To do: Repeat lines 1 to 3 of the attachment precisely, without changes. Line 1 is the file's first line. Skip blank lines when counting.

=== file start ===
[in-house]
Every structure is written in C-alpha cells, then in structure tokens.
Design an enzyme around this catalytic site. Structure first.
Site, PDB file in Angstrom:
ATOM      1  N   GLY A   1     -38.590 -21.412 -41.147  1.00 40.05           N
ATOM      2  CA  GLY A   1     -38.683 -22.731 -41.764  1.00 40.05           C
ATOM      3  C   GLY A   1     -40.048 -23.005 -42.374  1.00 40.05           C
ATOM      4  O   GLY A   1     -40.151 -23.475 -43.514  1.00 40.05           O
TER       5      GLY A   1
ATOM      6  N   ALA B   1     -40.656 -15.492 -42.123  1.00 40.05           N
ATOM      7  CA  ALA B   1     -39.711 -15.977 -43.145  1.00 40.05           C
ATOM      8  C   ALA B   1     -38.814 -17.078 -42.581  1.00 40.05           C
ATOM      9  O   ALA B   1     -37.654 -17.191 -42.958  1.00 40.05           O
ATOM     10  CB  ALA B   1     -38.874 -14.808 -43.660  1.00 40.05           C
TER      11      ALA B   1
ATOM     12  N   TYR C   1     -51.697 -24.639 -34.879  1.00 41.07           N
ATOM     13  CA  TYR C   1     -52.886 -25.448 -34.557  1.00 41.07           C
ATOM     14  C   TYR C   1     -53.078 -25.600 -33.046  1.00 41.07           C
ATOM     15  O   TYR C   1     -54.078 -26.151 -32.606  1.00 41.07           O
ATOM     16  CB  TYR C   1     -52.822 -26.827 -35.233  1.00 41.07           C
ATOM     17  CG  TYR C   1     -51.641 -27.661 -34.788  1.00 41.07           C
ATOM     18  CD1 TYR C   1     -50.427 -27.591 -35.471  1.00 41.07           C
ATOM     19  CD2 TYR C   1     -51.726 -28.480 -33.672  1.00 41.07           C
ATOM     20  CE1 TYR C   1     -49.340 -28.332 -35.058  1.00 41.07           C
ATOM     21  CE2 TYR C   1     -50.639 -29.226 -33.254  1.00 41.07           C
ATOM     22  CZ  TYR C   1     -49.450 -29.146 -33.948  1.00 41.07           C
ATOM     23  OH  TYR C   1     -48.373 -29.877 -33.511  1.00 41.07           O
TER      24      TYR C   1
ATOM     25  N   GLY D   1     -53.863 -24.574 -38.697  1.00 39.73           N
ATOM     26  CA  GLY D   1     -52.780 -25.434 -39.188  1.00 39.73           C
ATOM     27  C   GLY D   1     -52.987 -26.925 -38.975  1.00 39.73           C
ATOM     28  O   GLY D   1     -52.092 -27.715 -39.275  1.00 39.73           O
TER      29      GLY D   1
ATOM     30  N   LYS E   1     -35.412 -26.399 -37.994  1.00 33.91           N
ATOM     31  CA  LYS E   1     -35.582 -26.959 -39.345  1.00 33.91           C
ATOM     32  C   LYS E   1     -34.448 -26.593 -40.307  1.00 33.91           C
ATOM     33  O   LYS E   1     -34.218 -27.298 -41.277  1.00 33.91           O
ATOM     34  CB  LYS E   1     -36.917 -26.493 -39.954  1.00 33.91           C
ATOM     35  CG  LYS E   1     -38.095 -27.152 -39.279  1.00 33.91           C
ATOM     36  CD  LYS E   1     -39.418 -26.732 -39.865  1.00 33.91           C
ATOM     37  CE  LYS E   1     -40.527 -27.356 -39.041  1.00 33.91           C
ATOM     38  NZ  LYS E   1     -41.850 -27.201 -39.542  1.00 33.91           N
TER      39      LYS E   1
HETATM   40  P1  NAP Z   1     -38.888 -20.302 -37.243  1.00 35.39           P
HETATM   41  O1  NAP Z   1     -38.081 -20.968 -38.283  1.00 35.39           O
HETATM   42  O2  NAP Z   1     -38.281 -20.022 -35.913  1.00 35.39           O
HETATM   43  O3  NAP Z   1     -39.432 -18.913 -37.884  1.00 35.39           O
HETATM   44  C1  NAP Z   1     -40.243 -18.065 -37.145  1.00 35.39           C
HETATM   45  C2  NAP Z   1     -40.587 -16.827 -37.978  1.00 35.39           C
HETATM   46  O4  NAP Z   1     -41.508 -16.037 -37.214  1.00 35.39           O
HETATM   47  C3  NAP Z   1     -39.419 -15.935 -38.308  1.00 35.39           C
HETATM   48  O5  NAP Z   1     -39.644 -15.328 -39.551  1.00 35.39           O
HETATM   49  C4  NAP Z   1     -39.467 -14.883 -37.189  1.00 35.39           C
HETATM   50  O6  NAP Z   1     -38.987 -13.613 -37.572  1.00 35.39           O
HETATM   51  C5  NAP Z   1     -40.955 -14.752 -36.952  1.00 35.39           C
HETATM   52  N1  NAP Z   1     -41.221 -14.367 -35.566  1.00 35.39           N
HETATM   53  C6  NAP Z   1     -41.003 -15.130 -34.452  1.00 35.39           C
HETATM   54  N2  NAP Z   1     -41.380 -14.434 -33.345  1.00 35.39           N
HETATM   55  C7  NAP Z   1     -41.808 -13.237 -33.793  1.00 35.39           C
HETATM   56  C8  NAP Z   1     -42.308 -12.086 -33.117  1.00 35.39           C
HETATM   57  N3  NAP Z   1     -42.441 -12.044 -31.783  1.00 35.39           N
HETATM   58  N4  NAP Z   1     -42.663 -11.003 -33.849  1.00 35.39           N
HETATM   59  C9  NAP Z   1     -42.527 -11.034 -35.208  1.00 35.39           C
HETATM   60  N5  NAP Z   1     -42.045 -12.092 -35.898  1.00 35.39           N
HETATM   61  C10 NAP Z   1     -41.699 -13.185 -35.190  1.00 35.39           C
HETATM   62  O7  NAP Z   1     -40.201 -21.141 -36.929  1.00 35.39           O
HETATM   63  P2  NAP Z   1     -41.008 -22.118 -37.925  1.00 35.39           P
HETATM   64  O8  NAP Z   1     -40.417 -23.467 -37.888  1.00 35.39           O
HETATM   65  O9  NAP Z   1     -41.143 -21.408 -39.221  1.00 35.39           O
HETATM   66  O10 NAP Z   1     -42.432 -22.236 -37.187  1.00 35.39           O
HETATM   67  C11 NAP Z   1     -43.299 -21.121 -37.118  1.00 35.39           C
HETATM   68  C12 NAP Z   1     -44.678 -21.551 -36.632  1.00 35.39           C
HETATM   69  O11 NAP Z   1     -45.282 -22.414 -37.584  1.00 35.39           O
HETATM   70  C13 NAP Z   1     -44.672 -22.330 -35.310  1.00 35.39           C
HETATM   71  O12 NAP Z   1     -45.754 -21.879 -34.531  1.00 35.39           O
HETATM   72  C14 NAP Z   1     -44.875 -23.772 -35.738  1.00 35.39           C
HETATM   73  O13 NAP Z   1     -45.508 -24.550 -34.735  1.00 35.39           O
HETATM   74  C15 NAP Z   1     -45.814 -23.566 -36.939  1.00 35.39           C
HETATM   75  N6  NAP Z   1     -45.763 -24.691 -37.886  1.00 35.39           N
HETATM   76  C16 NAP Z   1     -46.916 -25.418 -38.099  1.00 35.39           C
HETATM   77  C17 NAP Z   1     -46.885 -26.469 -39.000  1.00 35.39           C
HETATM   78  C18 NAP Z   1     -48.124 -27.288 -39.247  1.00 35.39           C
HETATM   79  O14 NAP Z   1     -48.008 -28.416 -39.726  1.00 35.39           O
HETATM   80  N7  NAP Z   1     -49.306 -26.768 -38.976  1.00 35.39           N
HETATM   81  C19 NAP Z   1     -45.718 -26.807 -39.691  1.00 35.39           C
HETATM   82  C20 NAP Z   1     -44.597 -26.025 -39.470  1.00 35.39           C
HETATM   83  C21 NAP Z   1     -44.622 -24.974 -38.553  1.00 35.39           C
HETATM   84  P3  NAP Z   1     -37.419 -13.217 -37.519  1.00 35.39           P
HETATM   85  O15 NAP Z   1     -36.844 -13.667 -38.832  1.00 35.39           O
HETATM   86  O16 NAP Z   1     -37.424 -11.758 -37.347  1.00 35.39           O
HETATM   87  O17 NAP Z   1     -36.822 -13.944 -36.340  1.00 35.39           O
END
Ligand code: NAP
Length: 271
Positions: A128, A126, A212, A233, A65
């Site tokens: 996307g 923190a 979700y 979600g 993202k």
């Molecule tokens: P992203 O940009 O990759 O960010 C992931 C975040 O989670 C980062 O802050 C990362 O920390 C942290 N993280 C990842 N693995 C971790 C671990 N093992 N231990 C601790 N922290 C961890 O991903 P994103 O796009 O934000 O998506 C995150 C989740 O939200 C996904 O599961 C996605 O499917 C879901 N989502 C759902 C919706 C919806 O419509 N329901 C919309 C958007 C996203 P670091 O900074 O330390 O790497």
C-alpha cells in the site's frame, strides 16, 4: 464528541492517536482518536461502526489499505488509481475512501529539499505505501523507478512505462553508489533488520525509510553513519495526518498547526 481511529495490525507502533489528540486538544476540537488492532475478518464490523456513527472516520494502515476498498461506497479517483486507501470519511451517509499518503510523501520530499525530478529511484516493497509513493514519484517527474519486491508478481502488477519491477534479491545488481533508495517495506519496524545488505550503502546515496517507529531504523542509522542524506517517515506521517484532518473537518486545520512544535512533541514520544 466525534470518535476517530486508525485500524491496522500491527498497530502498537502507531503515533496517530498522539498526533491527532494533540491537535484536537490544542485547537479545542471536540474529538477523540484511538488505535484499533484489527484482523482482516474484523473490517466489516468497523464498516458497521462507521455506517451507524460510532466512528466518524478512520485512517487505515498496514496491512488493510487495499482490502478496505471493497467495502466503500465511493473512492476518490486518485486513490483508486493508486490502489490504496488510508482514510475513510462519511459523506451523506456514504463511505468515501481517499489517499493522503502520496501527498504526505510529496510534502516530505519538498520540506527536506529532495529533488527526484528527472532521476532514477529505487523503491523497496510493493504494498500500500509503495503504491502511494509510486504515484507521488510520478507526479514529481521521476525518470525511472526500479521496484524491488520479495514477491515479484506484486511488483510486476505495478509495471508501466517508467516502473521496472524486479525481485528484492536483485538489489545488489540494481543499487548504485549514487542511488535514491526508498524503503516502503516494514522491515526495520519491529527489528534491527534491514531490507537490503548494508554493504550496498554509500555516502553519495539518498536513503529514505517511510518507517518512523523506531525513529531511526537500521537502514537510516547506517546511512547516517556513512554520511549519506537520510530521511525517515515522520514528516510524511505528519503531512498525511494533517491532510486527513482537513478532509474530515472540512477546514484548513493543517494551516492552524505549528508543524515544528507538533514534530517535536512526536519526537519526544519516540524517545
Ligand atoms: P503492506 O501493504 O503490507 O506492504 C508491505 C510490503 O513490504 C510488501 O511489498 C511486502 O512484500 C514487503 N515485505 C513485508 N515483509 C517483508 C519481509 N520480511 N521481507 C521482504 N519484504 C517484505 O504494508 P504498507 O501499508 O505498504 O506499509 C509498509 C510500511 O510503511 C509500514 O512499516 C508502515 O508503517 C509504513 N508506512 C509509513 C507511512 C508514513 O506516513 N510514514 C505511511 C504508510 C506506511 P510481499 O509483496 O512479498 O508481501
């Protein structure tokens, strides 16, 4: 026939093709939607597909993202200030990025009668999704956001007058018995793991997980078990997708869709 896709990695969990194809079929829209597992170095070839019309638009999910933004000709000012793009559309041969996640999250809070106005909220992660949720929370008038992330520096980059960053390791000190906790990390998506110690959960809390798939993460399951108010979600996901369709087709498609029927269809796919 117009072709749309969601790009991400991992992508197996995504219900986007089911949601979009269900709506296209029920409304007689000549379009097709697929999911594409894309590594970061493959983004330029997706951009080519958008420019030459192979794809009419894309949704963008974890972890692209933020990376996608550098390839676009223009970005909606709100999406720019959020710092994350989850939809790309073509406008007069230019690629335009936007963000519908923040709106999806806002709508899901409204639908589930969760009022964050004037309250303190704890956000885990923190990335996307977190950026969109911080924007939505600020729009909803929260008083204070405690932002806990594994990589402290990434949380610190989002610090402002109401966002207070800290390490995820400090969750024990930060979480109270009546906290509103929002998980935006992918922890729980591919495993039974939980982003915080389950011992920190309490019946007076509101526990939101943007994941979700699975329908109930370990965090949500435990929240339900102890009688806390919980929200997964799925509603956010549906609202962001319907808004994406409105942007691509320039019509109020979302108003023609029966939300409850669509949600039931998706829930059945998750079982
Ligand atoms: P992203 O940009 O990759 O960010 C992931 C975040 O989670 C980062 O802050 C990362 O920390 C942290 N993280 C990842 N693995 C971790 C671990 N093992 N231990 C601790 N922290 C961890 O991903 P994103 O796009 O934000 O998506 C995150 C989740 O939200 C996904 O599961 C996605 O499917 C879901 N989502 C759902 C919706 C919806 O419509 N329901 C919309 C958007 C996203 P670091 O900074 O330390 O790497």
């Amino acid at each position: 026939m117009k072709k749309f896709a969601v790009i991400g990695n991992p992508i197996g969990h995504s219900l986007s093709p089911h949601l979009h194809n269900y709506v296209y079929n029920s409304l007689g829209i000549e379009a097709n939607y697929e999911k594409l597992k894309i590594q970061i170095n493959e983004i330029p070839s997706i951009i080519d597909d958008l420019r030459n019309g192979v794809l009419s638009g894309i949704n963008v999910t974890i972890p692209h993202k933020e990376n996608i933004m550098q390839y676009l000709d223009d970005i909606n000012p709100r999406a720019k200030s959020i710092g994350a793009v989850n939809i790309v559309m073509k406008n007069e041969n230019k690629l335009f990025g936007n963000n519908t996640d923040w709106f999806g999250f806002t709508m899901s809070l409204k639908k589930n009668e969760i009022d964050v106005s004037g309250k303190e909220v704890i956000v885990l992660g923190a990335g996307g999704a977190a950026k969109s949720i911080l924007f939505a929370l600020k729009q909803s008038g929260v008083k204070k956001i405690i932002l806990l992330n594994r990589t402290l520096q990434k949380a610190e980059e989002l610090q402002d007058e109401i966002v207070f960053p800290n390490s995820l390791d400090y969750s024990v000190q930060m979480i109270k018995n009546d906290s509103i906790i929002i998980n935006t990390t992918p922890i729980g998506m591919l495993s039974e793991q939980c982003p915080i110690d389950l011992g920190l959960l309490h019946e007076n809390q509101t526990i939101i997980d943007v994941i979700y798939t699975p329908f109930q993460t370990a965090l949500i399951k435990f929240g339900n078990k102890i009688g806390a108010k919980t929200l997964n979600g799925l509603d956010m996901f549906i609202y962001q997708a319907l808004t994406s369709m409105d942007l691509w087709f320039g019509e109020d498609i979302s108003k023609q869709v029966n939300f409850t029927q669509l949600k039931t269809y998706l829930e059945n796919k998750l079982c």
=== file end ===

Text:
[in-house]
Every structure is written in C-alpha cells, then in structure tokens.
Design an enzyme around this catalytic site. Structure first.